People ‘brought down’ by COVID, health official says

Dr. Lillian Ney, a member of the Chautauqua County Board of Health, recently spoke with the League of Women Voters of Chautauqua County via Zoom videoconferencing about the changes of the health-care system since the COVID-19 pandemic and its impact on health-care workers.

“I don’t think we as a population have given enough thanks and credit to the healthcare workers,” Ney said.

Ney is a retired Vice President of Medical Affairs and Medical Director at WCA Hospital. She received a doctorate in medicine from the University at Buffalo. She completed her internship, medical residency and cardiology fellowship at Buffalo General Hospital.

As a Board of Health member, Ney had an up-close view on how the medical profession was impacted during the pandemic.

“A lot of the regulations were confusing. … It was not an easy time,” Ney said, noting the inconsistency of the constantly evolving rules and regulations throughout the pandemic.

“Public health and politics don’t mix,” Ney said. “… It’s very unfortunate for people in the healthcare professions.”

Ney highlighted how a grant for encouraging vaccinations was turned down. “That was a real blow to the healthcare department,” she said.

Currently, COVID is not the only issue healthcare professionals are tasked with addressing. Ney highlighted RSV and influenza, but noted, “Right now things don’t look too bad,” in terms of hospitalizations in the county.

What Ney characterized as a bigger concern is the long-term effects of COVID. “What worries me the most … is long COVID,” Ney said. “Long COVID is a real problem. … Every system in the body can be affected.”

A technological example Ney highlighted during the pandemic was how wastewater treatment facilities in Dunkirk and Jamestown tested the water for COVID, which helped signal the prevalence of the disease in the area. However, because of the fears many had that the disease could be traced back to them through testing – which Ney said was not true — many people were not well informed on the processes being used. That uncertainty led to unnecessary fears with the testing process.

“Lack of knowledge needs to be addressed by the health department,” Ney said.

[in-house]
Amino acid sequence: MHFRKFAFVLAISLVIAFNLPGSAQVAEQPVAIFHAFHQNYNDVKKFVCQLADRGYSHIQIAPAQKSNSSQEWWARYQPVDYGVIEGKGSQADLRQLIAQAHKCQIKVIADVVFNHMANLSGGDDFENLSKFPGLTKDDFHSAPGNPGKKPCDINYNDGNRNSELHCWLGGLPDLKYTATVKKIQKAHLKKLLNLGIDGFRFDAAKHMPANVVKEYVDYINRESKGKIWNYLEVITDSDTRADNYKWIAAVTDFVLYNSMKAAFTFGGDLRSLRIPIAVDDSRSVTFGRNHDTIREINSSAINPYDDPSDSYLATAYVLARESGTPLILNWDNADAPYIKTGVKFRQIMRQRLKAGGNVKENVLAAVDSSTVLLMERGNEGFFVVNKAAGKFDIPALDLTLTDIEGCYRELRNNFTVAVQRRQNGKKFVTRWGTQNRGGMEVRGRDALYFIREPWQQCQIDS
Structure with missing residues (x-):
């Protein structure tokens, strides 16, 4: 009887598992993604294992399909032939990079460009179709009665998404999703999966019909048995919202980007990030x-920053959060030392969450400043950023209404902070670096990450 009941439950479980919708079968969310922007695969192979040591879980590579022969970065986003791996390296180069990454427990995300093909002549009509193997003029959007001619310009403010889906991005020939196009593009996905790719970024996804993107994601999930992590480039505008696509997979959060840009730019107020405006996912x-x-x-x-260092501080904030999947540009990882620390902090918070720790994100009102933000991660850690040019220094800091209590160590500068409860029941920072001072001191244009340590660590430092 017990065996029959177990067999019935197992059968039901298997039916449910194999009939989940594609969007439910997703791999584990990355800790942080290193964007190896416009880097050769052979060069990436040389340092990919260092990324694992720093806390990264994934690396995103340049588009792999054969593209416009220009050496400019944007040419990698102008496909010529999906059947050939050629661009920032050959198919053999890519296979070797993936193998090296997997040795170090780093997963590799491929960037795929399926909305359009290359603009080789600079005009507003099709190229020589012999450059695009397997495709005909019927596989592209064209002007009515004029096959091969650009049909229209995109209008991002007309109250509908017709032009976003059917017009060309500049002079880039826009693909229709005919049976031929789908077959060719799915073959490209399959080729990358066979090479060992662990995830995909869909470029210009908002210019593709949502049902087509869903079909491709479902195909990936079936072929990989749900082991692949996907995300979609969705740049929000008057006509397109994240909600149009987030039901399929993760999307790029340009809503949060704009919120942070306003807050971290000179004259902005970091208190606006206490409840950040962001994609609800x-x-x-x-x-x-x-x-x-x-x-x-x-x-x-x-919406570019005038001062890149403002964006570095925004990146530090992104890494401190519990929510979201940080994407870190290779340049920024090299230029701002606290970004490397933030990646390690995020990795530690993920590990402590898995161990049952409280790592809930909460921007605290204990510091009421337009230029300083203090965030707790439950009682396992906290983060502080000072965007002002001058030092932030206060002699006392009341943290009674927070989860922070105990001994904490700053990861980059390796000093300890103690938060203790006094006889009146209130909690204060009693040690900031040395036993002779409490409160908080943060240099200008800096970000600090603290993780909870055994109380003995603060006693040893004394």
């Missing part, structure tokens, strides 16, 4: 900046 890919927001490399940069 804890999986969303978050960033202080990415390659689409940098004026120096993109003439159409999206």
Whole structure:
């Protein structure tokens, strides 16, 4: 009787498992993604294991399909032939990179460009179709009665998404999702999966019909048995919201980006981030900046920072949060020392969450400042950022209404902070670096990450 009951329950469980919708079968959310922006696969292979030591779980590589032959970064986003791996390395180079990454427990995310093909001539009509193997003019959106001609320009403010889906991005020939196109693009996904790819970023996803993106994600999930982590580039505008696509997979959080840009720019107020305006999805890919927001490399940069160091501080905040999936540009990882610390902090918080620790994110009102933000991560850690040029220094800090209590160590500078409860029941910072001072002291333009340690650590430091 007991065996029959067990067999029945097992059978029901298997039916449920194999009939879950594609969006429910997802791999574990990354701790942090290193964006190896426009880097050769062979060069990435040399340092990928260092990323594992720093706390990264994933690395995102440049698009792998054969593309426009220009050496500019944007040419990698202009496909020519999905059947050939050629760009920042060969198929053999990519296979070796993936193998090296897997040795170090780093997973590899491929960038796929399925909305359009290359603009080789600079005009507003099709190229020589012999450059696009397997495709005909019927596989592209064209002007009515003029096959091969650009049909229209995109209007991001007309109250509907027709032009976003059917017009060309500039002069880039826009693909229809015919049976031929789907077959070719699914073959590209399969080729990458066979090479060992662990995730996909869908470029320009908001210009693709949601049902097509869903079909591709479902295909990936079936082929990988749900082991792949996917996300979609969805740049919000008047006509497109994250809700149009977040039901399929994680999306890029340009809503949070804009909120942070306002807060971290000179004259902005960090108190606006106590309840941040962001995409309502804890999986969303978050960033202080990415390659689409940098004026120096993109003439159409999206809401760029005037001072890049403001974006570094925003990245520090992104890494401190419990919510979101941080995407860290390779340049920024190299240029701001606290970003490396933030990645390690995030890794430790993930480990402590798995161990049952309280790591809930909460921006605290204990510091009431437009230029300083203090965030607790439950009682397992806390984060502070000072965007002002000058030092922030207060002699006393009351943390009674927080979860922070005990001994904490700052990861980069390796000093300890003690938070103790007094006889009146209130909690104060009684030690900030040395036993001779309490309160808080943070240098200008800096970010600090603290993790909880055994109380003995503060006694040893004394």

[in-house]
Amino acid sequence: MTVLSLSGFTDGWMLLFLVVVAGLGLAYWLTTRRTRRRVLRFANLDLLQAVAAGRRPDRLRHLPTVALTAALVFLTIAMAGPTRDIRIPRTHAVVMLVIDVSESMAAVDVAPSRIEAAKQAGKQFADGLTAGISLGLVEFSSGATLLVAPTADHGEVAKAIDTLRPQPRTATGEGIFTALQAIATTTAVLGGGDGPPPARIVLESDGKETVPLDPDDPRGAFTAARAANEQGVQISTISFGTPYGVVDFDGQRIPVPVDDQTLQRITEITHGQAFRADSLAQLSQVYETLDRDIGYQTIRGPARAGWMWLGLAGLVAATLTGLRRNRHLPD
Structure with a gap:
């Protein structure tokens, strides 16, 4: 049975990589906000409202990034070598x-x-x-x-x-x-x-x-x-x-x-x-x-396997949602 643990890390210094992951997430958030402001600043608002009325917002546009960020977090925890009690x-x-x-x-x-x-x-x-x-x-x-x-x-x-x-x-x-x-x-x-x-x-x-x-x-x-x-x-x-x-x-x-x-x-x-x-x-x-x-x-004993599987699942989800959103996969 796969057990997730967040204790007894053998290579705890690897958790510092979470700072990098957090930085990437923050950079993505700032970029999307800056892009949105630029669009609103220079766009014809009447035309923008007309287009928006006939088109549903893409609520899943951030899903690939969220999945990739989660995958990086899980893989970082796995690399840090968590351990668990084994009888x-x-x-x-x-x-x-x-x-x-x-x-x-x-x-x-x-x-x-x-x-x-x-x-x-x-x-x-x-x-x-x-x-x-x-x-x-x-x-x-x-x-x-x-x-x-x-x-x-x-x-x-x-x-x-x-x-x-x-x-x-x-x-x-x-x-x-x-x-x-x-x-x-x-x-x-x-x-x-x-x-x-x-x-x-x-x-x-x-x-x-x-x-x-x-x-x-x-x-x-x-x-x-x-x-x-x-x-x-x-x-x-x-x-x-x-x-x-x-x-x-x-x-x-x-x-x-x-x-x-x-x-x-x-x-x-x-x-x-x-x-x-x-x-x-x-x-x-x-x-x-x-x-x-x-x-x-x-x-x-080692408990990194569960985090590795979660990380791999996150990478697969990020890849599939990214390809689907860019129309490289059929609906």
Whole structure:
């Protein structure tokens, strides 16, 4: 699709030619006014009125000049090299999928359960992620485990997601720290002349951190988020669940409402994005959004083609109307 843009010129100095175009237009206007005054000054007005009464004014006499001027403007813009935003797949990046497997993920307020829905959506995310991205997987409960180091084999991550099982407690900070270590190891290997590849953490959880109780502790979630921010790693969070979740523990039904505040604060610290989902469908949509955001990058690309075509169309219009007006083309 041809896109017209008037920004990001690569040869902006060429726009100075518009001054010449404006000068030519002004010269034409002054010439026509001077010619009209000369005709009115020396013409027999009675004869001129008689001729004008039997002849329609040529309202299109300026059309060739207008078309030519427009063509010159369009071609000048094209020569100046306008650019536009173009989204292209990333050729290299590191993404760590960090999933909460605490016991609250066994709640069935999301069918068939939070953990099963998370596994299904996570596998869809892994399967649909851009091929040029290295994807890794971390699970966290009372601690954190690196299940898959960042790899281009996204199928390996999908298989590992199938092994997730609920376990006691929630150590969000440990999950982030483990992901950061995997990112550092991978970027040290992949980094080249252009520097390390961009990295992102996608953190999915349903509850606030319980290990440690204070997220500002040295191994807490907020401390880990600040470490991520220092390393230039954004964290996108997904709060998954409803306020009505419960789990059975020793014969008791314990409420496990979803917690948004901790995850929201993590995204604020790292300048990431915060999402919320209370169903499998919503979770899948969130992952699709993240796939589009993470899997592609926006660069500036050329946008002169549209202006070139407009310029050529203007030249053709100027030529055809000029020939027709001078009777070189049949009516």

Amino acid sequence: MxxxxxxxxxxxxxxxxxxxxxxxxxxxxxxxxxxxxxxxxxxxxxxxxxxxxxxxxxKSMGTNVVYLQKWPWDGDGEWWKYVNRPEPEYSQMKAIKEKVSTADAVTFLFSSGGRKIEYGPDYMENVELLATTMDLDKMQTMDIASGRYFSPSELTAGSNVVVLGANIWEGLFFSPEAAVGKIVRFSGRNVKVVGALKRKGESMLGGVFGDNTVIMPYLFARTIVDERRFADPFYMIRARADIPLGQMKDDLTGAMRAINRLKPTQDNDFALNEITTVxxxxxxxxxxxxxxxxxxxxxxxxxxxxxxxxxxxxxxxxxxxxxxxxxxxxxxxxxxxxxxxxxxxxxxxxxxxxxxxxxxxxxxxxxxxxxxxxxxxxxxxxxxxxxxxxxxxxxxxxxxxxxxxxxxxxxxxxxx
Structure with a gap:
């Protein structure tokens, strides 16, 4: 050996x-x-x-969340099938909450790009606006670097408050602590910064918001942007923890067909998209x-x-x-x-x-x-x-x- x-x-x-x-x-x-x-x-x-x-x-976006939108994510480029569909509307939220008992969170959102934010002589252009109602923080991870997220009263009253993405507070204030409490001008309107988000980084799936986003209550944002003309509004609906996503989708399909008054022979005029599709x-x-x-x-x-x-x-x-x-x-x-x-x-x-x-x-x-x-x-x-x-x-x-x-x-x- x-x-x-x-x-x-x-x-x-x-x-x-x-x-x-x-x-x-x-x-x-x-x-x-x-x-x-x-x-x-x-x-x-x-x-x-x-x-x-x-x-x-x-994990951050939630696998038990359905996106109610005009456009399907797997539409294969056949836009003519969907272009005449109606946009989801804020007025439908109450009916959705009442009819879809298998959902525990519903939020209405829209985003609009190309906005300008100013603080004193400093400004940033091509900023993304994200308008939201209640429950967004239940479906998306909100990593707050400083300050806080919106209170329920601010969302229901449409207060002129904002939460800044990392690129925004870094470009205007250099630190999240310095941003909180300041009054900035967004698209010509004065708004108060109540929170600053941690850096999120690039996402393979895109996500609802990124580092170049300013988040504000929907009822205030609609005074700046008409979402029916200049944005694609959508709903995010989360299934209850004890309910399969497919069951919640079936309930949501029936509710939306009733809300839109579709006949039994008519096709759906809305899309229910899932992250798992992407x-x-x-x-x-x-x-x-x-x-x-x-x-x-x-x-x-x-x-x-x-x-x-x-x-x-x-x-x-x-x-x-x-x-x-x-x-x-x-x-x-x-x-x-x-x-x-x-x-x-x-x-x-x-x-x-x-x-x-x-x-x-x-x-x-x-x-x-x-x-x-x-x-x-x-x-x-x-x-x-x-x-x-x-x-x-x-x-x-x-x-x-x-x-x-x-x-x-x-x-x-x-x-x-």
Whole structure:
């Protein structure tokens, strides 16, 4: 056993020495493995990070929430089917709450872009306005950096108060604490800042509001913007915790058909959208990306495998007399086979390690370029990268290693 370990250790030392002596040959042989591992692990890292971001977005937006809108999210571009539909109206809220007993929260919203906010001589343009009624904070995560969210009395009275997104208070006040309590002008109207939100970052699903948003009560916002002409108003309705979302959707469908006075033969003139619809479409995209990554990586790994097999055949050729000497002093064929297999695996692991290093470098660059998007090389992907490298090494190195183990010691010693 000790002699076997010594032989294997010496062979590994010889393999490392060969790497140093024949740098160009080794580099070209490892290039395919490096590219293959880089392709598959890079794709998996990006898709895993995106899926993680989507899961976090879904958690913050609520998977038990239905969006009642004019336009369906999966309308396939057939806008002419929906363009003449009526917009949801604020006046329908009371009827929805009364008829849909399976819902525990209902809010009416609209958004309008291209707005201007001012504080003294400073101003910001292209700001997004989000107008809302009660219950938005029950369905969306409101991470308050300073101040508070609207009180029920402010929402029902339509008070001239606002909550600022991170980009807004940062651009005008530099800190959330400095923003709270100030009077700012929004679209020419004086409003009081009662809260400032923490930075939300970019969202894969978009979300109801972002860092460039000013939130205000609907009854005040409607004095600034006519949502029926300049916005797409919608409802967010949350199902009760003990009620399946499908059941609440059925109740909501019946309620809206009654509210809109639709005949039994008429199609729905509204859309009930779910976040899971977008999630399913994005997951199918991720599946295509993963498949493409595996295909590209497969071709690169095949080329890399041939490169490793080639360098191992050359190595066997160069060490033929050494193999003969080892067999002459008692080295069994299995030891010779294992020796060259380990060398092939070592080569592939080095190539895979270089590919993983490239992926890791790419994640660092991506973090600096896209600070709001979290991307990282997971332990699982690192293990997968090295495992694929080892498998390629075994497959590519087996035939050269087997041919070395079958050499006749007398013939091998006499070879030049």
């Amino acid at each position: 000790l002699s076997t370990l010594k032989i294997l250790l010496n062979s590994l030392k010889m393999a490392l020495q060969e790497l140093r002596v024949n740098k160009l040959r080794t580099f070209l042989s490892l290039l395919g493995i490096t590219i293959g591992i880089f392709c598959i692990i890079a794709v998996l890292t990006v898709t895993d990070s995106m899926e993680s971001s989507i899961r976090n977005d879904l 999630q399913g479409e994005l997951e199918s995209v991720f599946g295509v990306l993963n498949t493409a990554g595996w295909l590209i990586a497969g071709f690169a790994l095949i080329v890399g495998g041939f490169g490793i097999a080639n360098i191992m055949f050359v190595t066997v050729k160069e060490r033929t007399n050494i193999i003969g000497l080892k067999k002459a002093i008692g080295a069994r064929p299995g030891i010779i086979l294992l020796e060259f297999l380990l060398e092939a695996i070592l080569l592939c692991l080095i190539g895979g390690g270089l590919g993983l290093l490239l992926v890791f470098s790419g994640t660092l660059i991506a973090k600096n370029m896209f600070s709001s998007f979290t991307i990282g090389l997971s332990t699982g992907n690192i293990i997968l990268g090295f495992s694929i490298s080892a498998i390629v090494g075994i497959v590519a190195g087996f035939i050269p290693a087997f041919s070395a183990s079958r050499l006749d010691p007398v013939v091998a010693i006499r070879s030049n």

Ney highlighted her concern both locally and on a national level with a shortage of doctors, nurses, and other healthcare professionals. She noted that recruitment is a struggle and cited how many workers in New York City went on strike because of the pandemic. Ney believes it was not strictly a financial decision, but it was also about being overworked.

But since the pandemic, the need for health-care workers is as clear as ever, not just for treatment of the disease itself, but for mental health issues the pandemic caused or intensified.

“People have changed after COVID,” Ney said. “Even if you didn’t lose your job, even if you didn’t have someone in your family who passed away … people have really been brought down.”

Ney noted test scores and depression as many of the factors to measure how negatively people have been impacted by the pandemic in ways other than just those directly impacted by the virus. “It takes a long time to get over things like this,” Ney said.

Locally, the county’s Public Health and Social Services departments have been broken up into two different departments. Christine Schuyler previously headed up both departments for the past 11 years, but will not lead either of the new departments. Ney called her departure, “a big loss.”

In December, Chautauqua County Executive PJ Wendel tapped Dr. Michael Faulk to lead the county’s Public Health Department and Carmelo Hernandez to become the director of the Department of Mental Hygiene and Social Services

“There will certainly be change,” Ney said.


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